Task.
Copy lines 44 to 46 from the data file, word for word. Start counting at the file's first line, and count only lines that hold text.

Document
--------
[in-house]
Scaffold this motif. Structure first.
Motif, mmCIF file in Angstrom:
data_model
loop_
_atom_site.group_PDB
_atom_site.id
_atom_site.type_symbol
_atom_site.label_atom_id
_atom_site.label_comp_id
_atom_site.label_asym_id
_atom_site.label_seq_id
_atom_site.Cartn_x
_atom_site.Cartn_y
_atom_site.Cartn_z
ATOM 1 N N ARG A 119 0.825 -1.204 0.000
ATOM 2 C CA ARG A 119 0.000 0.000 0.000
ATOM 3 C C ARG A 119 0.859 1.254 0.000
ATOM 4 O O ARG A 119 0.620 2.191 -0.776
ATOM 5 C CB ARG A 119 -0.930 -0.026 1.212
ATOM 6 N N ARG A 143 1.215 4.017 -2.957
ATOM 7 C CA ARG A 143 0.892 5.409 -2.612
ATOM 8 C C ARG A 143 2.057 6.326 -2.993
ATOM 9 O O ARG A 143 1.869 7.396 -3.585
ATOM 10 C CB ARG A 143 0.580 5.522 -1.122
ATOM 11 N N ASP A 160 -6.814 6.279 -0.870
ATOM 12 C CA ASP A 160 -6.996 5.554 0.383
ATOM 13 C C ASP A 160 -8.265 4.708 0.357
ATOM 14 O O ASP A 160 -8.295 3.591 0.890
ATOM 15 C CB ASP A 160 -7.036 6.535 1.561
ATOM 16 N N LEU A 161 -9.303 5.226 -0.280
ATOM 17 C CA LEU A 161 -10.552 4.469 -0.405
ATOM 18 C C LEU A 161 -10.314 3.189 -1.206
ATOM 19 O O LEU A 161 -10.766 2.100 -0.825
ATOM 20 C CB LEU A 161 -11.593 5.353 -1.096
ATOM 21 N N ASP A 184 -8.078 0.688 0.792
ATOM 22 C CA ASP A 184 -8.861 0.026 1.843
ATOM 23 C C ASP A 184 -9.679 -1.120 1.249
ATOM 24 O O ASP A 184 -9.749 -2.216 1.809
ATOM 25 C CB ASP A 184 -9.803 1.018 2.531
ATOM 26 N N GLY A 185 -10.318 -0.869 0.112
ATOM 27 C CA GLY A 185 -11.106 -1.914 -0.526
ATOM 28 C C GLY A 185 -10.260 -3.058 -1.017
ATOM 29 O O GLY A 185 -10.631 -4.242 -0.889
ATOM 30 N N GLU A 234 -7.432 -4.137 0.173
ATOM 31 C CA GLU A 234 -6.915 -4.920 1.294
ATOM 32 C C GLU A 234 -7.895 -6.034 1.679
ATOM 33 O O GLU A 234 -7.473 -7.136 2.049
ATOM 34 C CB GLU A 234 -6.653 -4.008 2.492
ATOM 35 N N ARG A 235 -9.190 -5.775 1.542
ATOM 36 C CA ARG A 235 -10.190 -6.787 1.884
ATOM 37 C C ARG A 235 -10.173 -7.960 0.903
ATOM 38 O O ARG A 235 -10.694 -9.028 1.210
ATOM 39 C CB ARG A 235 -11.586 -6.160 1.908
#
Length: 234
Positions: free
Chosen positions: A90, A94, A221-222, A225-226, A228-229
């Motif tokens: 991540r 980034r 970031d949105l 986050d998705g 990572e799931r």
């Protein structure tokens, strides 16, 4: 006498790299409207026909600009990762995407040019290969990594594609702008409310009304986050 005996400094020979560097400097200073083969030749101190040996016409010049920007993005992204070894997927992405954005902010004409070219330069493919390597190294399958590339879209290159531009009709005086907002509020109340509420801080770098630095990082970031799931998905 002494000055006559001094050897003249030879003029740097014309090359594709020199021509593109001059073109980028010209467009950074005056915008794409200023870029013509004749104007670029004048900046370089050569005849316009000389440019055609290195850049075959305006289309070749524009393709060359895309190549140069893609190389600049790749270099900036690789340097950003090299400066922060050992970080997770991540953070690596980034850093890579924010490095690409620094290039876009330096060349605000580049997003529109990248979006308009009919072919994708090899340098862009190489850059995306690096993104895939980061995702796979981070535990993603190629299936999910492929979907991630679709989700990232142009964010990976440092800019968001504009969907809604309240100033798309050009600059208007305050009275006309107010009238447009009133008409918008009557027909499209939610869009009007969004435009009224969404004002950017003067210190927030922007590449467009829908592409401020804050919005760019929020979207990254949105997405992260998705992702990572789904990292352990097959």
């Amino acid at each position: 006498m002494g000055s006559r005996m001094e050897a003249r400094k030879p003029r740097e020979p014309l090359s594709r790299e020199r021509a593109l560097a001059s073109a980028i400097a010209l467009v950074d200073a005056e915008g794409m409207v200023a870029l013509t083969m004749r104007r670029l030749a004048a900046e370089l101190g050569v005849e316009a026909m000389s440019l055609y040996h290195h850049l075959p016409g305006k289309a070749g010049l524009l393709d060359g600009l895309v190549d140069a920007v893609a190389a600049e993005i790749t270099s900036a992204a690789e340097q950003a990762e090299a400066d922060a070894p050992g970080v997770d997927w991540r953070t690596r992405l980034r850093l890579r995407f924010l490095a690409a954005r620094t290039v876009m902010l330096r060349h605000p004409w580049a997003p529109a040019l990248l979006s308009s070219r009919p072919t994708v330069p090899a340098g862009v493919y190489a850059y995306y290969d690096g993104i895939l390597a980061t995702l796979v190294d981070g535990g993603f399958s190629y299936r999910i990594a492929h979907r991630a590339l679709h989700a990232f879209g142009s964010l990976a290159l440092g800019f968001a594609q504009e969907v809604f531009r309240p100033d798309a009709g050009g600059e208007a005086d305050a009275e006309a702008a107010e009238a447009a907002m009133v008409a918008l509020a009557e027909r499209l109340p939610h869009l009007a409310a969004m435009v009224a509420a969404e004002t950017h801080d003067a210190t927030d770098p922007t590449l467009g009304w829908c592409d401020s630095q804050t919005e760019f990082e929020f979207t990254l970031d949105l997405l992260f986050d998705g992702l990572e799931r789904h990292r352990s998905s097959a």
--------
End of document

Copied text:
ATOM 29 O O GLY A 185 -10.631 -4.242 -0.889
ATOM 30 N N GLU A 234 -7.432 -4.137 0.173
ATOM 31 C CA GLU A 234 -6.915 -4.920 1.294